It goes without question that continuous learning in business is crucial for success. An organization’s willingness to expand knowledge benefits the entire process of attracting, maintaining, and developing employees. Any business that is seeking to implement employee training and development is encouraged to first identify and pinpoint the reason for training and what kind of training is required to reach business goals. Workforce training takes a lot of time and resources, so it’s important to make sure the correct needs are checked off. This will also help address any gaps between the current and future training.
There is a big difference in understanding the importance of employee training vs. identifying what the training and development needs of your employees are.
Before training, your organization must determine training needs of the employees. This can be done by carrying out a training needs analysis (TNA). This practice will help pinpoint the direction of the organization, evaluate the skills and knowledge of staff through a task analysis, and analyze the individual needs and skills gap of each employee.
Conducting a Training Needs Analysis
How do you decide what type of training you want your team to take part in? One key way to ensure you have selected the right training for your organization is to complete a training needs analysis. A TNA is simply a process that businesses carry out to determine all the training that needs to be completed within a certain period to allow their team to complete their jobs as effectively as possible.
Before investing the time, make sure you have a clear end goal in mind and that training will have a direct, positive result on your business in the long run.
Think about all the people that will be involved in determining training needs and ensure that all departments are included, as it’s important to make sure everyone is on board in the TNA process. While there are many variations of a training needs analysis, it is commonly broken down into three levels: organizational analysis, operational (task analysis), and individual analysis.
A training needs analysis at the organizational level identifies gaps between employees’ actual performance and their maximum potential to attain organizational objectives. A good step to identify training needs is to carry out an analysis of your business’ strategic growth goals and the tasks currently being performed to achieve those goals. Align your outcomes and learning objectives with employee skills and knowledge. This should help identify training needs specific to each team and job, where staff are performing too many tasks, and tasks that are being completed by more people than required. Ask yourself – what is the result that the executive team, manager, or employee is trying to accomplish? Will training contribute to this accomplishment?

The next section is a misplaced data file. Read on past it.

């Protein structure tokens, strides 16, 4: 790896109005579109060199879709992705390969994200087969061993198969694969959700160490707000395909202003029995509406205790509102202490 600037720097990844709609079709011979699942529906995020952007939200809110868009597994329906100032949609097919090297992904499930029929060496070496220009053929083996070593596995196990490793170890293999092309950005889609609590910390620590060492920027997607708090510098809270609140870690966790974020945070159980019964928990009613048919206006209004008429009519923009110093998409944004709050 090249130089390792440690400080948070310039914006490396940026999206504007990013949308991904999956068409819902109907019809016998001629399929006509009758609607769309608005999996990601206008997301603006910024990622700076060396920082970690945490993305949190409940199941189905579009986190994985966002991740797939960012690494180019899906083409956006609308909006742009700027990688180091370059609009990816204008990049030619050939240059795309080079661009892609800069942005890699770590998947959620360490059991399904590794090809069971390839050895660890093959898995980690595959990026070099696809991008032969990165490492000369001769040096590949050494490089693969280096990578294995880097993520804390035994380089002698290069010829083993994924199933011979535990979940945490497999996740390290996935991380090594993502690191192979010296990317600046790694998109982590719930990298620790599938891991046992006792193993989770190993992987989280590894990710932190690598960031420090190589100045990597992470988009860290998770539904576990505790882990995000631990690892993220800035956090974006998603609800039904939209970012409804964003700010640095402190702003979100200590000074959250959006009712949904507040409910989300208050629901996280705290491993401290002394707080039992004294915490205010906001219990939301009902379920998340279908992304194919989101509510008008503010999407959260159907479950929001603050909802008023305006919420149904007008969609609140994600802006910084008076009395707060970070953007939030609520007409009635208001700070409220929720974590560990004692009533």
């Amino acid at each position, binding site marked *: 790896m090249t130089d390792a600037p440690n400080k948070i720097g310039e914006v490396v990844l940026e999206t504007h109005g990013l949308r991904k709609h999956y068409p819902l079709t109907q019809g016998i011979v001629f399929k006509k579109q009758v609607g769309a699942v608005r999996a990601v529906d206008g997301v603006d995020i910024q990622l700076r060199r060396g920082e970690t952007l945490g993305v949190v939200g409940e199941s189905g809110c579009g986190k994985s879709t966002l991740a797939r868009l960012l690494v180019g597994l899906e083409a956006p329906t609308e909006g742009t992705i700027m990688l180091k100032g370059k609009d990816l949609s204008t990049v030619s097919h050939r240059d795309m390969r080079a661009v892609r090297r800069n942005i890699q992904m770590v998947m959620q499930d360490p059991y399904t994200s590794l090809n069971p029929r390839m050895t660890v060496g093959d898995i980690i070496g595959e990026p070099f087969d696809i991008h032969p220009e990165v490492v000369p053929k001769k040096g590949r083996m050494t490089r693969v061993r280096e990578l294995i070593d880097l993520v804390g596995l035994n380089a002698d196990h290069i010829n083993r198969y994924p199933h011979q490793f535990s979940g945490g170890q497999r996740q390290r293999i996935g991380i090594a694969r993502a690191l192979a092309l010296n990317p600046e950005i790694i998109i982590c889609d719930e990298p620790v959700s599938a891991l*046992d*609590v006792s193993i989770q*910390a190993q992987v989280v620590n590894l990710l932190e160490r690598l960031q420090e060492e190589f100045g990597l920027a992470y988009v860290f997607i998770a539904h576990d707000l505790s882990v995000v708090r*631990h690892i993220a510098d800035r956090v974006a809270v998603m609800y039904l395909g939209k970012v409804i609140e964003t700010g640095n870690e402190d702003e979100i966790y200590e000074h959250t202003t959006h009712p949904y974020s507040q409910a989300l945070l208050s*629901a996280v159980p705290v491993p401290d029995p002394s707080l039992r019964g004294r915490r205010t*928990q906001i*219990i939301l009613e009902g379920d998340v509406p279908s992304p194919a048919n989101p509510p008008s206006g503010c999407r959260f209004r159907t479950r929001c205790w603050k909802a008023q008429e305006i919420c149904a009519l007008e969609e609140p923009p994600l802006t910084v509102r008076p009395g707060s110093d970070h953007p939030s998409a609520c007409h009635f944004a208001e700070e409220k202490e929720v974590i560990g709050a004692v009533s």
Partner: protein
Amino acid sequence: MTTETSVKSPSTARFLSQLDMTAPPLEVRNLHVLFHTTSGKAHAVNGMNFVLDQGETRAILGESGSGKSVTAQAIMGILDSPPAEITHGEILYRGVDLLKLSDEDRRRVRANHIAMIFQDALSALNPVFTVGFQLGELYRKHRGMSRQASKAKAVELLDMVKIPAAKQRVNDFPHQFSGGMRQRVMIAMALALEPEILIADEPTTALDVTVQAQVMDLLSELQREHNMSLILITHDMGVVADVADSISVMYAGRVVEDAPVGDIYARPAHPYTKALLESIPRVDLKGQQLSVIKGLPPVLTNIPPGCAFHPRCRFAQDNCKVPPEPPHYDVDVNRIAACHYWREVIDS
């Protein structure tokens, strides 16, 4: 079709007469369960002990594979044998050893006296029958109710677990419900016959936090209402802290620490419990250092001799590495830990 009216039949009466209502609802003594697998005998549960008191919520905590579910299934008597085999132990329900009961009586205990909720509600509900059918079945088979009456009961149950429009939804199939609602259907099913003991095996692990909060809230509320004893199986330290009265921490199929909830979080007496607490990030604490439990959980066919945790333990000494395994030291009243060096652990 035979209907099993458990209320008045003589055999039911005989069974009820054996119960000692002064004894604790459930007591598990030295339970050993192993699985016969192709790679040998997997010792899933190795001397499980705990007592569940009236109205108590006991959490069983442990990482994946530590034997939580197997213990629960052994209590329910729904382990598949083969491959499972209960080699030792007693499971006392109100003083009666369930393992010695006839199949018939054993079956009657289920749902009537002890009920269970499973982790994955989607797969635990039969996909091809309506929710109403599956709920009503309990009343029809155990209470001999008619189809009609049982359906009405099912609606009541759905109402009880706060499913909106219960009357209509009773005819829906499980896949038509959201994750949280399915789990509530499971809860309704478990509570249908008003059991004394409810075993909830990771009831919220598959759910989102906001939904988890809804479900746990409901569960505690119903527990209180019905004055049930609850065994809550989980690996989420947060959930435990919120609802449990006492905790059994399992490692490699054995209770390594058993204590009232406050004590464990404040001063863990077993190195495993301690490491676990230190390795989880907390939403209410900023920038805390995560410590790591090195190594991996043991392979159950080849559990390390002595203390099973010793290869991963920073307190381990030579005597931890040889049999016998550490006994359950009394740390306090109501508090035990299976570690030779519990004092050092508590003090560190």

At this level, the job requirements of your business are compared with existing employee skills and knowledge. The nature of the tasks to be performed on the job and the Knowledge, Skills, and Abilities (KSAs) needed to do those tasks are analyzed as part of this level. A task analysis is typically done by collecting information through interviews, focus groups, or surveys. The result should include a description of mental activities, necessary equipment, physical activities, task durations and frequency, and the skills and education required to perform a given task.
Task analysis stems from making sure clear expectations were set in the first place – to monitor performance there needs to be something to measure against. Are the roles of the job description being met and are employees able to complete required tasks from start to finish?
Individual analysis will analyze the actual knowledge, skills, and current performance of each employee to determine who needs training in which area. This could be carried out by appraisal systems or performance reviews. Your employees are the ones living the day-to-day business challenges. Because of this exposure, they can provide input into what training is needed. Use focused evaluation to encourage honest feedback. Examples of questions to ask could be about job satisfaction and if current training is helping them reach their goals. There should also be manager and self-evaluations to compare and address gaps. Make sure your employees’ voices are heard in addition to senior leaders, customers, boards of directors, etc.
All three levels of a training needs analysis will be intertwined and assist in achieving an organization’s business objectives. Overall, it will identify performance gaps, help manage the training budget effectively, and reduce the risk of training failure. Once the training needs are determined, businesses can then move on to seeking training providers.
Workforce Development Resources
There are many ways that your company can strengthen its workforce development plans. Training projects can receive considerable financial support from Canada’s federal and provincial governments. To generate maximum training benefits for your employees, businesses should develop a plan that taps into these funds as much as possible.
To help recognize opportunities available for training grants, please download Mentor Works’ Canadian Business Funding Guide.